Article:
M. F. Dixon

P. Quirke7
J. E. Dyson2
F. A. Lewis2
S. M. Bell2
C. C. Bird2
7P. Quirke
2J. E. Dyson
2F. A. Lewis
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In order to investigate allele loss in colorectal tumours we have developed a rapid technique which overcomes most of the problems associated with radioactive Restriction Fragment Length Polymorphism (RFLP) analysis of allele loss. We utilise microsatellite length polymorphisms which are highly informative and are closely linked to loci of interest.(More)
p53 protein was detected by immunohistochemistry in 42% of 52 colorectal adenocarcinomas. Positive tumours were significantly more frequent in the distal colon, and demonstrated a higher rate of cell proliferation. No correlation was found with tumour grade, Dukes' stage, presence of DNA aneuploidy or patient survival. The role of p53 in colorectal(More)
Flow cytometry and histopathology were utilised in evaluating 50 primary and 16 metastatic colorectal carcinomas to determine the influence of heterogeneity and proportion of dying cells on pathological assessments. A new procedure was developed for staining unfixed whole cells with acridine orange and ethidium bromide to quantify DNA and RNA content and(More)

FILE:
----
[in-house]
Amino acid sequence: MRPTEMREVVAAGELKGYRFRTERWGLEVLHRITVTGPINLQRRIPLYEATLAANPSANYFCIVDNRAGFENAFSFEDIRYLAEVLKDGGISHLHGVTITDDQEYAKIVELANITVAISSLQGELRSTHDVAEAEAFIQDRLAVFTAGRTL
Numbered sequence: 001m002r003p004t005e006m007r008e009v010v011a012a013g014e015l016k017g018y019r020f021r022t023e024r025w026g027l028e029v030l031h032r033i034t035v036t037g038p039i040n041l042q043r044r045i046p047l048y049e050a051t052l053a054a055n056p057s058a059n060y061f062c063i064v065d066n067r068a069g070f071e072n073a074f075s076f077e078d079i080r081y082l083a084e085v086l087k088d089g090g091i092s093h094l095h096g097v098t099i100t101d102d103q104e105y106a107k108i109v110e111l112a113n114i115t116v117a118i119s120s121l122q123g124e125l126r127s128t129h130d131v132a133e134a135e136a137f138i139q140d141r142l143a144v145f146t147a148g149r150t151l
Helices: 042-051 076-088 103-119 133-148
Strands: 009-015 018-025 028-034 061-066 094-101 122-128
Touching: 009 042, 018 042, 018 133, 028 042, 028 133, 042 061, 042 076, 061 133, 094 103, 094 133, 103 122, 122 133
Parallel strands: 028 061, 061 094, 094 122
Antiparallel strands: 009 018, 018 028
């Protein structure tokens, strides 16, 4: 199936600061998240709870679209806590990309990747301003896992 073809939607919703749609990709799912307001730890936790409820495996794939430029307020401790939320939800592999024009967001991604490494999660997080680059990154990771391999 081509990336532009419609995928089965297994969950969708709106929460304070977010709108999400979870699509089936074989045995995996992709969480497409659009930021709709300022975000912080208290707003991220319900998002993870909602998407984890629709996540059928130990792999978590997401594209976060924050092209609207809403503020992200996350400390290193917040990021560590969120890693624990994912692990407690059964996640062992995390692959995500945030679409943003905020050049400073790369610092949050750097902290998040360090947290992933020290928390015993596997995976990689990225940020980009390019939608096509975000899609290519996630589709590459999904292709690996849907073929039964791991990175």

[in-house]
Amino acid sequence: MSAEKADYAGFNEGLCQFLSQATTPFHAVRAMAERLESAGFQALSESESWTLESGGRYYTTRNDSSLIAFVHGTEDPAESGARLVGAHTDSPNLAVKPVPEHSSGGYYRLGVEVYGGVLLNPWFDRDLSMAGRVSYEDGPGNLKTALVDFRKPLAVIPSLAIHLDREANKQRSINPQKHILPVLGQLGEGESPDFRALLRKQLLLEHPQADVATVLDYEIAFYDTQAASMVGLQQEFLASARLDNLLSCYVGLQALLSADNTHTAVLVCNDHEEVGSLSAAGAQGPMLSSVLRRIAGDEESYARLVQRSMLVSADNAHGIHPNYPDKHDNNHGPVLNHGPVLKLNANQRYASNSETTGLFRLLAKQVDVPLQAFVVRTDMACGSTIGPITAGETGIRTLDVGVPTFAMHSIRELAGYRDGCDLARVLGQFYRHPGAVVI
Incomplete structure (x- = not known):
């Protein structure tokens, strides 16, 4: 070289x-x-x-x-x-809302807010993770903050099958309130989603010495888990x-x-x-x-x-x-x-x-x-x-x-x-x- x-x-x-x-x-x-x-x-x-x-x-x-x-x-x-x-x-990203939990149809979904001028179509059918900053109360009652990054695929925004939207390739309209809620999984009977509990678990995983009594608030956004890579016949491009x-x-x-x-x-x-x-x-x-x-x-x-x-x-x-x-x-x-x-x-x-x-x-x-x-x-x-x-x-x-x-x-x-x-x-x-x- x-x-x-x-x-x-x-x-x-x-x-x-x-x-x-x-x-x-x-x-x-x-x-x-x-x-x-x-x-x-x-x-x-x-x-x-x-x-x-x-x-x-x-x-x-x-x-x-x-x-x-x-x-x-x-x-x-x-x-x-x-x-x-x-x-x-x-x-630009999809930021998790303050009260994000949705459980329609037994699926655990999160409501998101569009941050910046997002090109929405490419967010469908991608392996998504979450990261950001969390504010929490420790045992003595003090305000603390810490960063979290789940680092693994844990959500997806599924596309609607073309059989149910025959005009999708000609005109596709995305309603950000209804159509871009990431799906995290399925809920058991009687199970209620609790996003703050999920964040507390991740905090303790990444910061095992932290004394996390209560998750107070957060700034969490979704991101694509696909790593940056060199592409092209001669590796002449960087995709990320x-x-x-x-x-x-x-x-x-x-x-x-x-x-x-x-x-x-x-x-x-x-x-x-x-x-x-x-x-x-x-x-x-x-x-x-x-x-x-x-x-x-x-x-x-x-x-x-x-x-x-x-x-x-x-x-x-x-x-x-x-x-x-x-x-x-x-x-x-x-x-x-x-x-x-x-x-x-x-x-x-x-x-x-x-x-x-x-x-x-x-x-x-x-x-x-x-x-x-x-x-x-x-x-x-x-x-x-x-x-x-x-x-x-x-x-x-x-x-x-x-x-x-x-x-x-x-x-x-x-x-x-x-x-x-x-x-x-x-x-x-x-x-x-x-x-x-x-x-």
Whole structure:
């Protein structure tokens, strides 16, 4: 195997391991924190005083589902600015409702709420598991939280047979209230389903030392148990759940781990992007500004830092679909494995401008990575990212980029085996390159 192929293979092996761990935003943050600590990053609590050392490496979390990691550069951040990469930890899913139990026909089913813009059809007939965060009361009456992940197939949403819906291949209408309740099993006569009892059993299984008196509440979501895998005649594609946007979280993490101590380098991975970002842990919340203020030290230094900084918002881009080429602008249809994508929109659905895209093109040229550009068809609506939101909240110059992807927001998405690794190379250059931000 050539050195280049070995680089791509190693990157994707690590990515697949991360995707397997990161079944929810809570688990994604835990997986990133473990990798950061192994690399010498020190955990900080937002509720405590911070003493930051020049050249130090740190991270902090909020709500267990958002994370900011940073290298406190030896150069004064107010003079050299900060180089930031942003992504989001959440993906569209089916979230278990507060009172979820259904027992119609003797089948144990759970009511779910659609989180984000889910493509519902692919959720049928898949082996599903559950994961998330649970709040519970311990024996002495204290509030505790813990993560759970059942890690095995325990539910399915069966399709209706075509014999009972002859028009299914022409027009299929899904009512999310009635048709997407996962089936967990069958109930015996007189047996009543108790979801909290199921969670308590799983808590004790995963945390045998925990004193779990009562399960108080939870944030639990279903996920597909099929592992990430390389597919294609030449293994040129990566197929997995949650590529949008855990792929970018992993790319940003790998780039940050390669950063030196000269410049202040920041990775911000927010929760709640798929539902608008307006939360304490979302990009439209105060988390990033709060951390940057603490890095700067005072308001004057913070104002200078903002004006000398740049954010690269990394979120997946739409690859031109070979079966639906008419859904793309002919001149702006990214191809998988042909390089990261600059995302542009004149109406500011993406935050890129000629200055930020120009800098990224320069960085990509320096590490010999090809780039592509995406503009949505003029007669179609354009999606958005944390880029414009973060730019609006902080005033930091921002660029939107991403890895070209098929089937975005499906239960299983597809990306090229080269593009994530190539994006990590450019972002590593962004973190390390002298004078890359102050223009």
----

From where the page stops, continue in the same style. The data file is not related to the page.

One hundred and nine samples comprising carcinomas, adenomas, dysplastic, inflamed and normal mucosa from patients with sporadic colon cancer and ulcerative colitis (UC) were analysed for c-Ki-ras mutations. DNA was extracted from archival paraffin-embedded material, amplified using the polymerase chain reaction (PCR) and the PCR products analysed using(More)
Several techniques exist for the assessment of cell proliferation in cell suspensions and tissues. These include counting of mitotic figures; labelling with tritiated thymidine or bromodeoxyuridine, and DNA flow cytometry. The latter is a particularly versatile technique applicable to both fresh and formalin fixed paraffin embedded tissue, and its use in(More)
There is increasing evidence that abnormalities of cellular DNA within primary tumours are of prog-nostic significance. Deviation from the normal diploid DNA content of tumour cells has been associated with a poorer prognosis in carcinomas of the breast (Friedlander et al., 1984a), ovary (Friedlander et al., 1984b) and colon (Wolley et al., 1982). However,(More)
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